LCD TVs with LED backlights are many things, but cheap isn't usually one of them. We think, however, that the 42-inch, 1080p LG 42LE4900 represents pretty spectacular value for money, at around £600. This TV clearly isn't aimed at the very high-end market, but it offers a good selection of features for a really reasonable price. We can see it selling well too, because a 42-inch screen is a good size for most homes.
In terms of plugging stuff into this TV, the options are decent. There are four HDMI inputs, a couple of USB connectors and the usual component, composite and Scart sockets.
As you'd imagine, a slender, infrared remote is included, and we found it very pleasant to hold and use. The TV also responds quickly to commands, offering up lovely, user-friendly menus that look really modern, as befits such a hi-tech piece of kit.
The TV itself is super-slim and easy on the eye. It's not the most awesome TV we've seen in terms of design, but it looks smart and well judged, and will fit into any living room without a problem.
LG hasn't included catch-up TV services like iPlayer and LoveFilm on this TV, which somewhat limits its Internet functionality. The usual YouTube and Picasa support is, however, included. We aren't sure how useful these services are to most people, and we'd rather see premium video content instead, but it's possible that some folk will find these features entertaining.
To use the Internet services, you'll need to connect the TV to the Web using the wired Ethernet port at the back of the set. This TV has no wireless option.
When the TV was connected to the aerial via our PVR, it wouldn't tune in the digital channels. Plugging our aerial cable directly into the TV resolved this problem, and then plugging the PVR back in between the aerial and the telly caused no further problems.
We can't explain why this happened. Usually a TV would either have enough signal strength to tune in channels or not, but we've never seen a TV have enough signal to display channels, but refuse to tune them. If you encounter a problem tuning your TV, then connect it to the aerial without any extra devices in the way, and you should be okay.
Like most thin LCD TVs, the 42LE4900 uses LEDs as its backlight source. These are placed along the sides of the LCD panel, and their light diffused across the panel's back.
Like all TVs that use this system, the 42LE4900 has some problems. The backlight is clearly brighter in the corners than in the middle of the screen. During most viewing, you won't notice this, but it's undesirable nevertheless. You might also notice that, if you move your head beyond the optimal viewing area, the image looks less natural. Again, this probably won't bother most people, but it's worth remembering.
Like many TVs now, the 42LE4900 can accept USB devices containing video, photos and music. Codec support is very limited, though, and you won't be seeing any high-definition support for MPEG-4. That said, the DivX and MPEG-4 playback capability is useful enough from time to time. We used it to catch up on a TV show we'd stored as a standard-definition DVD rip, and it meant that we didn't need to faff about getting a DVD out of its box, firing up a player and sitting through all those copyright warnings.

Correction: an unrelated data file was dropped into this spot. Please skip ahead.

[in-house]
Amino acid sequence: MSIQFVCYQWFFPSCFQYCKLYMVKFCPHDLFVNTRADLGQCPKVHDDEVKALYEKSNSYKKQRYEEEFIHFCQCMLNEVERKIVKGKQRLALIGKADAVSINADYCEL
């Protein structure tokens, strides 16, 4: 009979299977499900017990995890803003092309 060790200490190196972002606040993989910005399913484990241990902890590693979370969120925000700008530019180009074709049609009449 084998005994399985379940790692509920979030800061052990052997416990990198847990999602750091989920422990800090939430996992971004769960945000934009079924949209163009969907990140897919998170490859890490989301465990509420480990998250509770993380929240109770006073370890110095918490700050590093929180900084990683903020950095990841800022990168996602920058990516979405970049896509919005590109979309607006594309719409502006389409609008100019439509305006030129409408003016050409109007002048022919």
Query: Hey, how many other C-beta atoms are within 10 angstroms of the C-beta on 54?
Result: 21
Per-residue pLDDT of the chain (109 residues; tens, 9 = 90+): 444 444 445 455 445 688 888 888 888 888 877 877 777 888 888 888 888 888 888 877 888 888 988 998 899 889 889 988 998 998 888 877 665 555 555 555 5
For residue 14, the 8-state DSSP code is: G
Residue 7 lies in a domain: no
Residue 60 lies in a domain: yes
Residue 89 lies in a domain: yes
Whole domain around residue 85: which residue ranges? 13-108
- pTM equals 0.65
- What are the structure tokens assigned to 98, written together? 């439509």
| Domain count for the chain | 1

This capability is probably only of interest to a minority, but it's sure to help someone out sooner or later, so we're pleased to see it included. There is, however, a problem with playback that means the TV is unable to stretch a file to fill the entire screen. This is only a minor problem but, as none of the TV aspect-ratio settings work in media-playback mode, you can't fix it.
For the most part, the 42LE4900's picture quality is super. Hi-def pictures look terrific and the image is wonderfully vivid and colourful. Detail is good not only with HD material, but also with SD content from Freeview or external sources.
The built-in Freeview HD tuner is also a great feature. The picture can be superb, but its quality is dependent on the broadcaster's signal. Check out shows like Luther or Sherlock to see HD at its best, and watch an episode of Doctors to witness high definition at its most mediocre.
The backlight isn't perfect, but we find that edge-mounted LEDs rarely are. Sit dead-on and you'll get the best picture. From an angle, you're more likely to see a blue tint to the image. If you're looking for the deepest blacks and most uniform backlight, you're not going to get them with the 42LE4900, but we don't want to put you off, because the picture for day-to-day viewing is great.
We noticed that, with some material, the 42LE4900 got its picture processing wrong. Watching the end of Deal or No Deal, we experienced a juddery, almost film-like effect when the 'coming next' bar appeared at the bottom of the screen. This happened each time the bar appeared -- over multiple airings -- so it's fair to assume that something about it is making the TV struggle. It's far from a deal-breaker, but it does prove that LG's picture processing isn't flawless.
The 42LE4900's audio is strange. It's quite clear, and we could make out dialogue easily, but it still didn't sound as we thought it should. There's a hollow effect with some TV shows, and the low-end response isn't up to much either.
But televisions' sound is rarely worth celebrating, and we'd happily live with the 42LE4900's audio when it comes to normal, broadcast TV. For movies and sports, we'd use an external AV system to deliver a proper audio experience.
The LG 42LE4900 is a good TV. We have a few minor complaints but nothing that would stop us recommending it. We also think the price is more than fair for a Freeview HD TV of this size, with such likeable image quality.
Edited by Charles Kloet